Newspaper article Coffs Coast Advocate (Coffs Harbour, Australia)

Towering Effort A[euro]" Bridge That Stopped a President

Newspaper article Coffs Coast Advocate (Coffs Harbour, Australia)

Towering Effort A[euro]" Bridge That Stopped a President

Article excerpt

WHEN British businessman Sir Chay Blyth decided in 1997 to organise a rowing race across the Atlantic from England to America, he thought he'd publicise it by having some of the participants row up the River Thames to St Katherine's Dock, including passing under the iconic Tower Bridge.

But he didn't quite expect the publicity his little promotion would create a particularly in splitting a security convoy that had been weeks in the planning into two parts, and subsequently leaving one of the world's most powerful men, America's then president, Bill Clinton, on one side of the Thames, and most of his forward bodyguards and other security men on the other.

One of the rowing team's sponsors had taken some VIP clients aboard a little luxury yacht called Gladys to watch their team pass up the river. As has been tradition since the Tower Bridge was built a couple of centuries ago, when Gladys reached the bridge, and her masts were too tall to pass under, the operator raised its double-drawbridge roadway to give the yacht clear passage.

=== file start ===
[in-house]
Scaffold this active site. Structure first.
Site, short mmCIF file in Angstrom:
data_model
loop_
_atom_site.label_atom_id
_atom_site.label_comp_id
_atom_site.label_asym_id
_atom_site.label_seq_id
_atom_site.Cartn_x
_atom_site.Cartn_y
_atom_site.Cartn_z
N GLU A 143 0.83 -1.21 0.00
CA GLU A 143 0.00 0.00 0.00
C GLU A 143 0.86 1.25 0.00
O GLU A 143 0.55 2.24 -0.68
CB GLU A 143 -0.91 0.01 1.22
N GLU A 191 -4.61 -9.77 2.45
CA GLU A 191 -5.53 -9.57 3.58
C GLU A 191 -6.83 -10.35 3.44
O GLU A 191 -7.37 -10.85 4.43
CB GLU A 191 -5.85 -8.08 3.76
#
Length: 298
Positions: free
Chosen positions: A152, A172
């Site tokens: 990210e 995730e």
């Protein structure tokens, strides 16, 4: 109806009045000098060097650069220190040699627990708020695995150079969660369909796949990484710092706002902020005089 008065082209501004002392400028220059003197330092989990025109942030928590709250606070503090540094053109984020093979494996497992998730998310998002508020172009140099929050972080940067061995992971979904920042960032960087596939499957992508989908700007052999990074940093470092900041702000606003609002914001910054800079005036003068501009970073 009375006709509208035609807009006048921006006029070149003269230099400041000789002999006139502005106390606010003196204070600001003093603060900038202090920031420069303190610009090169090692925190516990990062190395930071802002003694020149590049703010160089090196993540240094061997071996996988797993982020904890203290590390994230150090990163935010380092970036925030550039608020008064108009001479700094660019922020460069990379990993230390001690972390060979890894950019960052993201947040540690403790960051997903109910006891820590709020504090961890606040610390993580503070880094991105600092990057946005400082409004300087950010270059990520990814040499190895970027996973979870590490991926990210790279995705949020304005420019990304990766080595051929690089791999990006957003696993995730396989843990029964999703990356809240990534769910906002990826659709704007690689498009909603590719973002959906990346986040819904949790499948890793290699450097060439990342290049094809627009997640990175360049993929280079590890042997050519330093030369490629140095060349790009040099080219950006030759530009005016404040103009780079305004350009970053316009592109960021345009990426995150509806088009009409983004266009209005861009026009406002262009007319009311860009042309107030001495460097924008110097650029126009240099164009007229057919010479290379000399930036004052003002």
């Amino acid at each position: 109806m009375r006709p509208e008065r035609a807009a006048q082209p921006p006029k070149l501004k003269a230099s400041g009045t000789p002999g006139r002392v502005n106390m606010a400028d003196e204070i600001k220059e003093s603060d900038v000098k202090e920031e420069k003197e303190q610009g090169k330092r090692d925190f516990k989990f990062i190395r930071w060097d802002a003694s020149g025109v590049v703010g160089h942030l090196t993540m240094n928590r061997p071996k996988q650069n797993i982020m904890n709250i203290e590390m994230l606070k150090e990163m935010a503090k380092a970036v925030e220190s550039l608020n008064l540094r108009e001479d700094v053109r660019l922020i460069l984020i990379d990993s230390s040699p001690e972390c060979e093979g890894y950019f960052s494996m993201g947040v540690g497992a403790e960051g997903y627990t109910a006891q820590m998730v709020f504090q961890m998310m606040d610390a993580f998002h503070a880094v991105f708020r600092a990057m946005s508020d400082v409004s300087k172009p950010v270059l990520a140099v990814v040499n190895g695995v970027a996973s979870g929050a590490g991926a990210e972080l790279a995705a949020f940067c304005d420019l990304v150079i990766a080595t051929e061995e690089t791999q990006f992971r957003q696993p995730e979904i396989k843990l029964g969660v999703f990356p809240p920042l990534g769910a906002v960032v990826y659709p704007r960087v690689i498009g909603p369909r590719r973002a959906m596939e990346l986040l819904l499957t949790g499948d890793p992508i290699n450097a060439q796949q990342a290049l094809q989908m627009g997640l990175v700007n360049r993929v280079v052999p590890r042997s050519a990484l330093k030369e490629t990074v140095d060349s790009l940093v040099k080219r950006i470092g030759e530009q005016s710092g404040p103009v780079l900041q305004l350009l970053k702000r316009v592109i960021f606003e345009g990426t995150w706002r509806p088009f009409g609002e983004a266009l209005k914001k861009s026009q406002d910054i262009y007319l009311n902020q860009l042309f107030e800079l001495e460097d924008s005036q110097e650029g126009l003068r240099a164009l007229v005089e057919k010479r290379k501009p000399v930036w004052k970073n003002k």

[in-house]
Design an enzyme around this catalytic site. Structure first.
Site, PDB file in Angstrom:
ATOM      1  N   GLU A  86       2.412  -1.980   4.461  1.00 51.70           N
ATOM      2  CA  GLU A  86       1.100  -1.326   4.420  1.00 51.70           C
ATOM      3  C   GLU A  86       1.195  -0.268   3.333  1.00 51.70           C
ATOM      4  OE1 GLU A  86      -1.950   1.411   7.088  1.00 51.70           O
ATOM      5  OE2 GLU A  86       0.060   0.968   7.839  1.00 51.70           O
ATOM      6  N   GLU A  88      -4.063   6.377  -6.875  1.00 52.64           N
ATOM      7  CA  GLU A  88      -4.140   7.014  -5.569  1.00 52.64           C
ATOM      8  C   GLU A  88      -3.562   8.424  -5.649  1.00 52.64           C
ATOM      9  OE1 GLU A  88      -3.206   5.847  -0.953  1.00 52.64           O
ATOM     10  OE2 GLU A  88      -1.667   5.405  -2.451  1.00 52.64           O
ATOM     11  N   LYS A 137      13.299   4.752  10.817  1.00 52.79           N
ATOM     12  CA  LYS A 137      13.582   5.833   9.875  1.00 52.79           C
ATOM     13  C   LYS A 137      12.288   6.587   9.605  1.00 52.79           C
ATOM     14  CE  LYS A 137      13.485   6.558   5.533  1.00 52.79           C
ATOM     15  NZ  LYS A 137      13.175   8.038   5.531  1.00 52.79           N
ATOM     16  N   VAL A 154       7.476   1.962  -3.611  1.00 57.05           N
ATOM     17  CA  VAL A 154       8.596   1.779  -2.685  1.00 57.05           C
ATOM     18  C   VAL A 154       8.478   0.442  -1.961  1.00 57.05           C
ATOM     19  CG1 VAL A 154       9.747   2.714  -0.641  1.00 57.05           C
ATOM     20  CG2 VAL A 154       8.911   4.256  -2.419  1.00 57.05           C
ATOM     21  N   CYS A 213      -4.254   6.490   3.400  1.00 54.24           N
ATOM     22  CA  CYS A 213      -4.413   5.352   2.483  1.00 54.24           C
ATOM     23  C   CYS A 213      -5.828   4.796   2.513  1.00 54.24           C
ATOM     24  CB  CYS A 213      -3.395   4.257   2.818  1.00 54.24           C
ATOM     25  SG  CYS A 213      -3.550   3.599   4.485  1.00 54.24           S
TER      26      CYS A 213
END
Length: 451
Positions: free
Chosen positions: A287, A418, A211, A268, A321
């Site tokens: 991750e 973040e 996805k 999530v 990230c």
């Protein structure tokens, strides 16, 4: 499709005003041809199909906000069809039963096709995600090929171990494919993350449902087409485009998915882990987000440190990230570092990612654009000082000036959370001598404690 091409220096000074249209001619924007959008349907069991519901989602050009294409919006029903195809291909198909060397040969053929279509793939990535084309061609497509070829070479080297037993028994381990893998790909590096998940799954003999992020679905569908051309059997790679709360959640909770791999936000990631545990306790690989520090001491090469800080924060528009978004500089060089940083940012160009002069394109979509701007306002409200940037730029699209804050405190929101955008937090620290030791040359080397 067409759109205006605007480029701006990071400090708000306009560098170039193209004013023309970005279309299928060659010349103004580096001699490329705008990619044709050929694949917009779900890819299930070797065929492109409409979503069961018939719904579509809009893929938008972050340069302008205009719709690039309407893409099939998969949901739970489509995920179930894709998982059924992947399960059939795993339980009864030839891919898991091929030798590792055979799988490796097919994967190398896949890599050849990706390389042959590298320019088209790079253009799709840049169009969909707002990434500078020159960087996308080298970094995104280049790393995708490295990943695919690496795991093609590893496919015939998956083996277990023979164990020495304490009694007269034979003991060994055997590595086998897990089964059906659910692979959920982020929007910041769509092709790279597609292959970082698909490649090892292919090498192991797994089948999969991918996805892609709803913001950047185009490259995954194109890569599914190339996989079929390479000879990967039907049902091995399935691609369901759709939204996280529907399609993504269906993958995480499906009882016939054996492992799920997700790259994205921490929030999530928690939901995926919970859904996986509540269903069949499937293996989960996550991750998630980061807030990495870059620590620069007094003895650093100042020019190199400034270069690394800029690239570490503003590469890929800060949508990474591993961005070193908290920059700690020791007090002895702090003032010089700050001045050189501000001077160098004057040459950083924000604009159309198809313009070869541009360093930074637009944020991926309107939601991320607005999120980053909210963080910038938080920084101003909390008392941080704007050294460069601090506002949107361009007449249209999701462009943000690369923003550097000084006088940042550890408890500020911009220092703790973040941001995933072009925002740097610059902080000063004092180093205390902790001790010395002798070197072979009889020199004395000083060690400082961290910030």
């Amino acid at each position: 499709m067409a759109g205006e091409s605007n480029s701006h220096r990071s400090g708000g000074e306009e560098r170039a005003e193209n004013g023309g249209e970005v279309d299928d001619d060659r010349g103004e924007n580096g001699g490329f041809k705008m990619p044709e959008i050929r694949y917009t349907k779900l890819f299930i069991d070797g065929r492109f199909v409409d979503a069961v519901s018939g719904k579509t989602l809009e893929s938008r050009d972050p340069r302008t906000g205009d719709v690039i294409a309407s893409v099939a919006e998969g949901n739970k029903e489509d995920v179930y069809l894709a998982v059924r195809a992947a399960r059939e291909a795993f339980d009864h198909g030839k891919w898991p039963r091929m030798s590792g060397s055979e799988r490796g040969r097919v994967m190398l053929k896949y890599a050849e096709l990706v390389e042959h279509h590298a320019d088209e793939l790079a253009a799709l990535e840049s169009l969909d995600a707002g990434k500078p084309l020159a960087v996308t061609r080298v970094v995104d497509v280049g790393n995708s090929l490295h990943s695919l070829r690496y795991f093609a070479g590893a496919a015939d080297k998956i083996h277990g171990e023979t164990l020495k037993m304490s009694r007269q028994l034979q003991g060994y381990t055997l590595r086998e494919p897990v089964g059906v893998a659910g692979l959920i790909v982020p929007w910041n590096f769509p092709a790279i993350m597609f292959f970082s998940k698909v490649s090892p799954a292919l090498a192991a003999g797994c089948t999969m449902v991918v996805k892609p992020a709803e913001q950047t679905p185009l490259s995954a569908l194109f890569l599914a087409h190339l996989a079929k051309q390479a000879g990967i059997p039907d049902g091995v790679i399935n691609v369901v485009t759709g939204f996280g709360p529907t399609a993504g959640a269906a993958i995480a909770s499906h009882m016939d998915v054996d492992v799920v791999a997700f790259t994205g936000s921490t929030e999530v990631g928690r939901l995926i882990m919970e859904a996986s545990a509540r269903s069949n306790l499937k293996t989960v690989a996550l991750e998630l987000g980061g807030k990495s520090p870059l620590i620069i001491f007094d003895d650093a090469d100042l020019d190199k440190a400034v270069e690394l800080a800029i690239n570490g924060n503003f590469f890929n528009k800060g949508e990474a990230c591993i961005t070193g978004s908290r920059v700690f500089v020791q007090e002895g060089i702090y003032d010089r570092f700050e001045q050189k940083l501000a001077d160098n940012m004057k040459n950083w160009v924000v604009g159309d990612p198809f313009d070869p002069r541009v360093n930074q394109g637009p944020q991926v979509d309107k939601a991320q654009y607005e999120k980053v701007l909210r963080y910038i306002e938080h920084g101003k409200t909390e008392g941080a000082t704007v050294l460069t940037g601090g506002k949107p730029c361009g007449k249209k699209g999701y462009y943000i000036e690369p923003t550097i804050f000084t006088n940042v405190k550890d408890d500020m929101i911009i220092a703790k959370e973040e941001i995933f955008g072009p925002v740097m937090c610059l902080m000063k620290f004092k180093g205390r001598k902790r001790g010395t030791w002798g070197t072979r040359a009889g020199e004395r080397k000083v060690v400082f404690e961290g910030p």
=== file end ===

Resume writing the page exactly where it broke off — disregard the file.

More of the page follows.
But Mr Clinton was returning late and behind schedule to the American Embassy from a lunch with then British prime minister, Tony Blair, at a restaurant on the banks of the Thames a and to the horror of his forward security detail who had already crossed the Tower Bridge and cleared traffic for the president's safe journey, the bridge suddenly opened behind them for yacht Gladys... exactly on a scheduled time previously agreed to by the Embassy.

A fuming Bill Clinton was left on one side of the Thames, and most of his security men on the other. When asked how the bridge could have been opened at such a delicate moment, even though Mr Clinton was late-running, a spokesman for the bridge told London media: aWe tried to contact the American Embassy, but they wouldn't answer their phone.a

The Tower Bridge was the second bridge built across the Thames in the centre of London, the first being London Bridge, made famous by the nursery rhyme, London Bridge is Falling Down.

The Tower Bridge was built in the second half of the 19th century during a boom in commercial activity in London's east, and to get around the long detour over London Bridge and haphazard ferry services. …

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